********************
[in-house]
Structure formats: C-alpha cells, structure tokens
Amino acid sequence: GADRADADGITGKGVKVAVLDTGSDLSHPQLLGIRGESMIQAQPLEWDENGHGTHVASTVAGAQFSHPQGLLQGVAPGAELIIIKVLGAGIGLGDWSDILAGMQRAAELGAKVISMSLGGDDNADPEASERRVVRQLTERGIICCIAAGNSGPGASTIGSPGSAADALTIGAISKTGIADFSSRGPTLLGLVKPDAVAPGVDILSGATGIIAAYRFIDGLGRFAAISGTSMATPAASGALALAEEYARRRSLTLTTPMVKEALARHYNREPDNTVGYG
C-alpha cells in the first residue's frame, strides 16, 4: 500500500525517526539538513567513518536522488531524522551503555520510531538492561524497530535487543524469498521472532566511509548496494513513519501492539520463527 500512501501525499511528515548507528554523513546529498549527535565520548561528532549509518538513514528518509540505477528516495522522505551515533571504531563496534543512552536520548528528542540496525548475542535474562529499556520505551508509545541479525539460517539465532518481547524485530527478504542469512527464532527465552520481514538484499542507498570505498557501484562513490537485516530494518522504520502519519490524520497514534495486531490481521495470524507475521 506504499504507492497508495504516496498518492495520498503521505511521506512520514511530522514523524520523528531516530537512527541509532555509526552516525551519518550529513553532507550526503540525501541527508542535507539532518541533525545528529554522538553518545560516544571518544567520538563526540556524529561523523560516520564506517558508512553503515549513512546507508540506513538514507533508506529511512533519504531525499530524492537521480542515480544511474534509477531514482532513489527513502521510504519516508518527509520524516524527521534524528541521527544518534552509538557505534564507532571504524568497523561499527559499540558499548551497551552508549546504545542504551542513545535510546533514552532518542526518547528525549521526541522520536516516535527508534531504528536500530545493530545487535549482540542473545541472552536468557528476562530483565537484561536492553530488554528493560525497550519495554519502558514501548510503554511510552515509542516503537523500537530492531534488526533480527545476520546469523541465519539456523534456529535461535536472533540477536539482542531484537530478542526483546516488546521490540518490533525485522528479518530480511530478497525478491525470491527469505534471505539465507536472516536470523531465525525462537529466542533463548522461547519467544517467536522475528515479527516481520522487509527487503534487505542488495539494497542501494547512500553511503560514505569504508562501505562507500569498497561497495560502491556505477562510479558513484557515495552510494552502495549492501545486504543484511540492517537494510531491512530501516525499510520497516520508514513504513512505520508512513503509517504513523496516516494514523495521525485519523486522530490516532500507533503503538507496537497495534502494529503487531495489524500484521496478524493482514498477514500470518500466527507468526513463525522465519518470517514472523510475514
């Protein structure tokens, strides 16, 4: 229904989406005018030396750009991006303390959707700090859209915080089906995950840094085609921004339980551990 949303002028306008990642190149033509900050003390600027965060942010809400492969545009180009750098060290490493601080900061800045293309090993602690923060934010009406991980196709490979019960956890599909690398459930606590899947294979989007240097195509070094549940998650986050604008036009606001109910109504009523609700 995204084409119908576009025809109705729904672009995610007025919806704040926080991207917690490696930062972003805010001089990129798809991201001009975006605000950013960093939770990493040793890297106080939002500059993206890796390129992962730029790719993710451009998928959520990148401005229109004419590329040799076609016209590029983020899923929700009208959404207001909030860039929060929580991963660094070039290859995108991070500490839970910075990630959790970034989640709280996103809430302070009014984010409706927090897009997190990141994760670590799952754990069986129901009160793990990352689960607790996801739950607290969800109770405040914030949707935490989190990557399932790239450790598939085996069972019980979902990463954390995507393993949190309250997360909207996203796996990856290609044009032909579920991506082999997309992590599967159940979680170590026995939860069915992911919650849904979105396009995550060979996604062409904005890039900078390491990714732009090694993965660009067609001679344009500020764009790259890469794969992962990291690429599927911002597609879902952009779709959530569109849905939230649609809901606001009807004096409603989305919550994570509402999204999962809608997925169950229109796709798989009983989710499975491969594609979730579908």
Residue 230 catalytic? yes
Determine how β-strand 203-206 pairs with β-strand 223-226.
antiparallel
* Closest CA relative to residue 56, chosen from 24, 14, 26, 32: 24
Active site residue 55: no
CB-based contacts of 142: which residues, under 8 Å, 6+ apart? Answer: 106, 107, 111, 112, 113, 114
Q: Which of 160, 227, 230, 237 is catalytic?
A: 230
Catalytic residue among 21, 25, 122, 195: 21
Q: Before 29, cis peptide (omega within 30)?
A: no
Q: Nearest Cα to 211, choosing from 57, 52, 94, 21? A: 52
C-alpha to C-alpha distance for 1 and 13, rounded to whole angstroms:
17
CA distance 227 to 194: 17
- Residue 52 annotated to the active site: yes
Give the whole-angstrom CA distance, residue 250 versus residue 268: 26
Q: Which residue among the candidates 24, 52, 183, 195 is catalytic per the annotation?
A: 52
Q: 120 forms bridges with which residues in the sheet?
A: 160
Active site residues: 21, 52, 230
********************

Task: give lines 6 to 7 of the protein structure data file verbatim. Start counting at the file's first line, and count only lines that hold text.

Residue 230 catalytic? yes
Determine how β-strand 203-206 pairs with β-strand 223-226.